In Search Of Butiagrus

Have you ever had an obsession to see a particular palm? if you have, you will understand this quest for the hybrid cross between Butia and Syagrus and join in the pleasure of success.
Michel Lembreghts, 8 rue Albert 1er, 4620 Fleron, Belgium
Chamaerops No.25 Winter 1996/97

Butiagrus, detail of leaves and trunk

Butiarecastrum nabonnandii, or more correctly 'Butyagrus nabonnandii', is an infertile hybrid between Butia sp. and Syagrus romanzoffiana It was first produced at the beginning of this century by a French horticulturist Dr Paul Nabonnand. It shows characteristics intermediate between the two parent species. Such sub jects are very infrequent. In France, only three specimens are known and these are in private gardens and thus rarely encountered by palm enthusiasts.

Last August during my summer holiday in the south of France, I decided to search for one of them. Just to see and maybe to touch it! Through the French association 'Fous de Palmiers' I learned that a Butiagrus stood in a private garden in Toulon, a port city close to famous Marseille at the western end of the French Riviera. The first step was to reach 'Ortolans Avemie' and then to get to 'Parc St-Jean'. A friend of mine, living in Toulon, drove me to the right place, located north-west of the city. It is a residential district, planted with both young and old palms. Having parked the car, we walked along some small streets roaming and sweating on this hot sunny afternoon. My heart was beating heavily when I saw the second clue of our treasure hunt, an outstanding Brahea armata, whose owner allowed me to collect a lot of seeds. At this corner we had to walk up some stone steps to the third clue of our adventurer an ancient and drie&up fountain. And then I saw it: the Butiarecastrum of my dreams, with the wind gently blowing through its half plumose, arching leaves.

I took a lot of pictures, as if I needed that to prove to myself that it was real. The palm was about 6m high, with quite a big ringed grey trunk which reminded me of my beloved Jubaea. In fact it was. of course. a mix closer to Butia capitata and Syagrus romanzoffiana The base of the petioles was reminiscent of Butia because of their arching appearance. The light-green leaflets seemed to be plumose. rather like Syagrus but thicker. In a word a perfect hybrid harmony. displaying features from both its parents and maybe also. from a remote shared ancestor?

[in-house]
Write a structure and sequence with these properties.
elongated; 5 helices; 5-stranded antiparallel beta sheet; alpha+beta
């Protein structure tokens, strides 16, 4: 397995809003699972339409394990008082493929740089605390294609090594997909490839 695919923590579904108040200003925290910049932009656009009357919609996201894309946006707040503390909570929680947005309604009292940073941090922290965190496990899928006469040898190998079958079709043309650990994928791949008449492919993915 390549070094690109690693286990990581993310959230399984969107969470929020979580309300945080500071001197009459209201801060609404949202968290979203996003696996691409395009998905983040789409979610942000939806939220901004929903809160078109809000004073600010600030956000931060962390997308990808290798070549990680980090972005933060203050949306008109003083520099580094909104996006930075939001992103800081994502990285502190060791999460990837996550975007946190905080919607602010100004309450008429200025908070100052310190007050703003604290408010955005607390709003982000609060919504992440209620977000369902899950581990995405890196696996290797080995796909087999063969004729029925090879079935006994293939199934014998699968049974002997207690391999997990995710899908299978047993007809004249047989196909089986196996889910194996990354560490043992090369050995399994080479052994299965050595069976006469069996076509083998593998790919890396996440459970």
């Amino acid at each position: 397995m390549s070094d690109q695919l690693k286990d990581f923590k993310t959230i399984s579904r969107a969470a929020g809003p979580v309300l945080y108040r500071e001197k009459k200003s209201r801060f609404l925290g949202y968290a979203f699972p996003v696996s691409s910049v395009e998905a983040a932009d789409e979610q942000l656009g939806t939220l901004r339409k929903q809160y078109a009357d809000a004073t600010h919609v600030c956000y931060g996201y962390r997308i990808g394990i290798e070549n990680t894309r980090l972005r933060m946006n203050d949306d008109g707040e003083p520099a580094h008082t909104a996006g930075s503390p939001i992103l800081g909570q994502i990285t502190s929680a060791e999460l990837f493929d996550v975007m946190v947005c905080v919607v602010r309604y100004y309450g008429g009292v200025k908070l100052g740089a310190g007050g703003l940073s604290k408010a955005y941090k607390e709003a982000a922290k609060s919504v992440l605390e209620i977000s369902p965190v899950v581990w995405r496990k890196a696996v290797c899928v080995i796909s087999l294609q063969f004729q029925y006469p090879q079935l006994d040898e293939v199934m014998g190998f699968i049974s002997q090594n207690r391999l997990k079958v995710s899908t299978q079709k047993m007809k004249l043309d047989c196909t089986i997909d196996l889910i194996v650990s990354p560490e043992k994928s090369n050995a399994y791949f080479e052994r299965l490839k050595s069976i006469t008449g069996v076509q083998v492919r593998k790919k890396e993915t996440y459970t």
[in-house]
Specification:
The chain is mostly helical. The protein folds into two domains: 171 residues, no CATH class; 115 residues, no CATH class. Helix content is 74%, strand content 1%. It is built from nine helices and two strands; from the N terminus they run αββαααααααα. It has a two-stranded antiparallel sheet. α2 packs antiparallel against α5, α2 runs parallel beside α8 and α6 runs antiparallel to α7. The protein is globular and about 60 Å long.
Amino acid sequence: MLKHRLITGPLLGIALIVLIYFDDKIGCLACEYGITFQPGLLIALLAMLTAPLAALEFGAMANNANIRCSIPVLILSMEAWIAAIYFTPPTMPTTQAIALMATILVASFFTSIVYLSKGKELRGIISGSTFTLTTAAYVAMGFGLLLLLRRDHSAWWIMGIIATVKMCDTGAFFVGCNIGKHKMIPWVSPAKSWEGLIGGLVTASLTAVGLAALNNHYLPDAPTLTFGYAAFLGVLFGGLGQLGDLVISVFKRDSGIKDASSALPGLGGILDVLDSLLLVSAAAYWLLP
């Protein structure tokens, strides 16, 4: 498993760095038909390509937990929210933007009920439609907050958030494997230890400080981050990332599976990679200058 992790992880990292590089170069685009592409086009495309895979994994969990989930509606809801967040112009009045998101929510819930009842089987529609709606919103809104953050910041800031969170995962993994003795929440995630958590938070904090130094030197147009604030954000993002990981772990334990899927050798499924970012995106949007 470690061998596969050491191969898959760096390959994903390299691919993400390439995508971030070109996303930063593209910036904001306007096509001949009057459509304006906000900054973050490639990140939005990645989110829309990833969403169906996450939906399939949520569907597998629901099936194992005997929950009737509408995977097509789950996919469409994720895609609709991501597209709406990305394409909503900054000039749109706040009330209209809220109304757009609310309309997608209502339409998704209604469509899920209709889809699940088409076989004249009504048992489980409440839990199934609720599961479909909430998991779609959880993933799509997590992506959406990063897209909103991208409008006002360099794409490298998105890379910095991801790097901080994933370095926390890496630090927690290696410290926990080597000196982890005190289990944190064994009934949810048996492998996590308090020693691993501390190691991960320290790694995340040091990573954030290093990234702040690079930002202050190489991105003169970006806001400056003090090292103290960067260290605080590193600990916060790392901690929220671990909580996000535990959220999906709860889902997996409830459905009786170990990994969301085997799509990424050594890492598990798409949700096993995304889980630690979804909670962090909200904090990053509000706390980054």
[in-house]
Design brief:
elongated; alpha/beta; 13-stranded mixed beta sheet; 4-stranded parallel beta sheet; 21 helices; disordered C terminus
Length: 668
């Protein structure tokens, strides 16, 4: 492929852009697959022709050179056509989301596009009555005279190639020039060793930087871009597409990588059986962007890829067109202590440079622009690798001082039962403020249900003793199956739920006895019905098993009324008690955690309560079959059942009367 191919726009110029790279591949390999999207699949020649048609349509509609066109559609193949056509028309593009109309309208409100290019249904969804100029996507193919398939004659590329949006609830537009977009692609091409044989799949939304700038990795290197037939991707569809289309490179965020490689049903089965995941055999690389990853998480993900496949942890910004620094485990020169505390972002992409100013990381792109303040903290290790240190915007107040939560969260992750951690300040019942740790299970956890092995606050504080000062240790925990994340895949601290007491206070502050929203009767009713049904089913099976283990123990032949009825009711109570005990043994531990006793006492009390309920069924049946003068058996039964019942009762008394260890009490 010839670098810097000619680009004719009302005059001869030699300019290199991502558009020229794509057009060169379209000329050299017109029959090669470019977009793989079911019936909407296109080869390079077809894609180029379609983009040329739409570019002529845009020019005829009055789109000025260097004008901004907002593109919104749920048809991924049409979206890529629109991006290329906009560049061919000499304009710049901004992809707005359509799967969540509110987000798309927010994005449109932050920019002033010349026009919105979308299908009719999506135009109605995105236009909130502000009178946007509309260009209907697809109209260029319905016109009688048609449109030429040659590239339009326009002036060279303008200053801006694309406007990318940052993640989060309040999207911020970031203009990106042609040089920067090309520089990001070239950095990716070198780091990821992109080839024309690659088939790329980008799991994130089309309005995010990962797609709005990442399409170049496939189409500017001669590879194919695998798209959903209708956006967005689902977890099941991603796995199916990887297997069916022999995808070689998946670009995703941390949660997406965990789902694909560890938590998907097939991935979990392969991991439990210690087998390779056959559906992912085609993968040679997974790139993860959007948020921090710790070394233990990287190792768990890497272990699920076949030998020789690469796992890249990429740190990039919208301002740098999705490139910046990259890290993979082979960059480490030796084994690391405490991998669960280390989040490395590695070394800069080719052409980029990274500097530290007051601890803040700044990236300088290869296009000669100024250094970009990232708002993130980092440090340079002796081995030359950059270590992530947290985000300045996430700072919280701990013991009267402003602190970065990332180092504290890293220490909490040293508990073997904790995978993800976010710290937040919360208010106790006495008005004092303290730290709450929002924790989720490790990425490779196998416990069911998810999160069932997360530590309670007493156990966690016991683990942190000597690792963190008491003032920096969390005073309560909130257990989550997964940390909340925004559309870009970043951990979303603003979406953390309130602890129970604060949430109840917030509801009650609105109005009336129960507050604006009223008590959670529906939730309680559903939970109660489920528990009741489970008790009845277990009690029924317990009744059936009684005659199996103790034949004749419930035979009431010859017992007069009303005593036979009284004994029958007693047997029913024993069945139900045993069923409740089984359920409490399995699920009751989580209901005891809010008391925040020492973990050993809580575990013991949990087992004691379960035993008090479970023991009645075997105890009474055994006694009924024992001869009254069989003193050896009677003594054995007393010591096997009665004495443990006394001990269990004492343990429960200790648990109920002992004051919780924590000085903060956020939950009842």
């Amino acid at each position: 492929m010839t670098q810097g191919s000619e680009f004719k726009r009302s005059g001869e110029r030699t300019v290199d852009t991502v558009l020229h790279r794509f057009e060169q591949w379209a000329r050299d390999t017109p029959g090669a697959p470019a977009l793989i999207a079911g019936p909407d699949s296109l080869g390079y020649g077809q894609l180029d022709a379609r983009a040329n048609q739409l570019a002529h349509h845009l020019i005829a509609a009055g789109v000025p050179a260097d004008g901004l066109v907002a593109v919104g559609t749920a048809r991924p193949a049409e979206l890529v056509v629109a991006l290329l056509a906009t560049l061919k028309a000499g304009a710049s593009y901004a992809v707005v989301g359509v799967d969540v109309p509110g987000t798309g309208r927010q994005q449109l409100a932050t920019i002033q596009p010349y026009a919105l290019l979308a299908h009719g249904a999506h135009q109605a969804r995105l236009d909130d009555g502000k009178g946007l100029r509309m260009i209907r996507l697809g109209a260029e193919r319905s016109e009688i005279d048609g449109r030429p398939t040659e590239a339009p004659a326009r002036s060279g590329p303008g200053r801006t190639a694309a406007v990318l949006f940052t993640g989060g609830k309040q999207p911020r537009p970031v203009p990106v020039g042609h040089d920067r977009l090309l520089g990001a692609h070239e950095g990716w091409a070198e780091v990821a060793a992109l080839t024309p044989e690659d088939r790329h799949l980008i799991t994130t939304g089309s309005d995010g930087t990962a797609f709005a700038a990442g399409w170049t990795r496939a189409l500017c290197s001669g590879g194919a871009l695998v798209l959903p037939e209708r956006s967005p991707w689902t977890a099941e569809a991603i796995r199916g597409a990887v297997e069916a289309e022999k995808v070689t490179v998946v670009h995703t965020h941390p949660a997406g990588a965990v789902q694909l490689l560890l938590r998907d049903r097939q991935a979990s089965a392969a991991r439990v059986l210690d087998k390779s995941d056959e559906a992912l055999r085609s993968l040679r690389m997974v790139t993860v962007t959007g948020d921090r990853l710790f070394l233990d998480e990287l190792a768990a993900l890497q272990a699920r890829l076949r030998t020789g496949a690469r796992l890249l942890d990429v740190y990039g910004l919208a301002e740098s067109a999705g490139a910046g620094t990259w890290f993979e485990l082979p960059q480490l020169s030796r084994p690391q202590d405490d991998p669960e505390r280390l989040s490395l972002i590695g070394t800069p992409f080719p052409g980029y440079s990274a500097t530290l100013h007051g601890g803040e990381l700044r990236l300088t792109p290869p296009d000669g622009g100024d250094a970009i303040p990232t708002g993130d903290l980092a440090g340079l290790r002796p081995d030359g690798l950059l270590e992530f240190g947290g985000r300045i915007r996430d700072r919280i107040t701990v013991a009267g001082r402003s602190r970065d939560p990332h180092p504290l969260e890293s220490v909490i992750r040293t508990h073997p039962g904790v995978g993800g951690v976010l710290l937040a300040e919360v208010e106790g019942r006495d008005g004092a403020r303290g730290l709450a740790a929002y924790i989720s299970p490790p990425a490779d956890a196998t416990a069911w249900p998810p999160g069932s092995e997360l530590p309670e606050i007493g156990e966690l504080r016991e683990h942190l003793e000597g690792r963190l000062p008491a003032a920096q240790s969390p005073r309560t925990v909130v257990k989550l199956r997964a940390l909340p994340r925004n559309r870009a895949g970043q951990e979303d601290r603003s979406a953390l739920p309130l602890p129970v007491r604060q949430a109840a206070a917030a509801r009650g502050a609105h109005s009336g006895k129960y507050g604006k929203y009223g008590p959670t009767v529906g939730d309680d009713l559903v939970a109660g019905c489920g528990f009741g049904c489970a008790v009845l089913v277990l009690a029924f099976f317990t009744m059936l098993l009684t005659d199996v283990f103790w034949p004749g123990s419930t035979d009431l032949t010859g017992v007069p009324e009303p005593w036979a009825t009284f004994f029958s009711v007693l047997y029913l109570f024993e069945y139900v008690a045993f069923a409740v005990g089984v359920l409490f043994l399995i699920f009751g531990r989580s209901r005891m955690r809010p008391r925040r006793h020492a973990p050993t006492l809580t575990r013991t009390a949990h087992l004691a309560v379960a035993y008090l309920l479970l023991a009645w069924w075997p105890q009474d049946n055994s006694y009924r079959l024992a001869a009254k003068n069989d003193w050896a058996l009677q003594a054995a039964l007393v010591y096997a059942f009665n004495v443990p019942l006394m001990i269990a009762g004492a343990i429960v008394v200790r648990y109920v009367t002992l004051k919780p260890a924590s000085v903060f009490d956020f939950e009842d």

Fortunately the owner was in his garden and kindly let me in. He explained to me that the tree was about 50 to 100 years old and had been preserved during the rebuilding of the district. He also told me that the inflorescence had been recently cut down by the French Palm Association for in vitro culture. I do hope that this experiment will bring successful results. Finally, I
took the thrilling opportunity to actually touch this palm. For sure I will return next year. Acknowledgements: I especially want to thank Madame Violette Decugis for passing me the golden keys to succeed in this hot trip. the postman of the district who helped me when I was roaming and moaning, Mrs Caillaud and her generous Brahea armata for the yellow fruits and seeds and, above all, Mr Andreani who opened .the door despite the twinkling teeth of his black Belgian guard dog.

 

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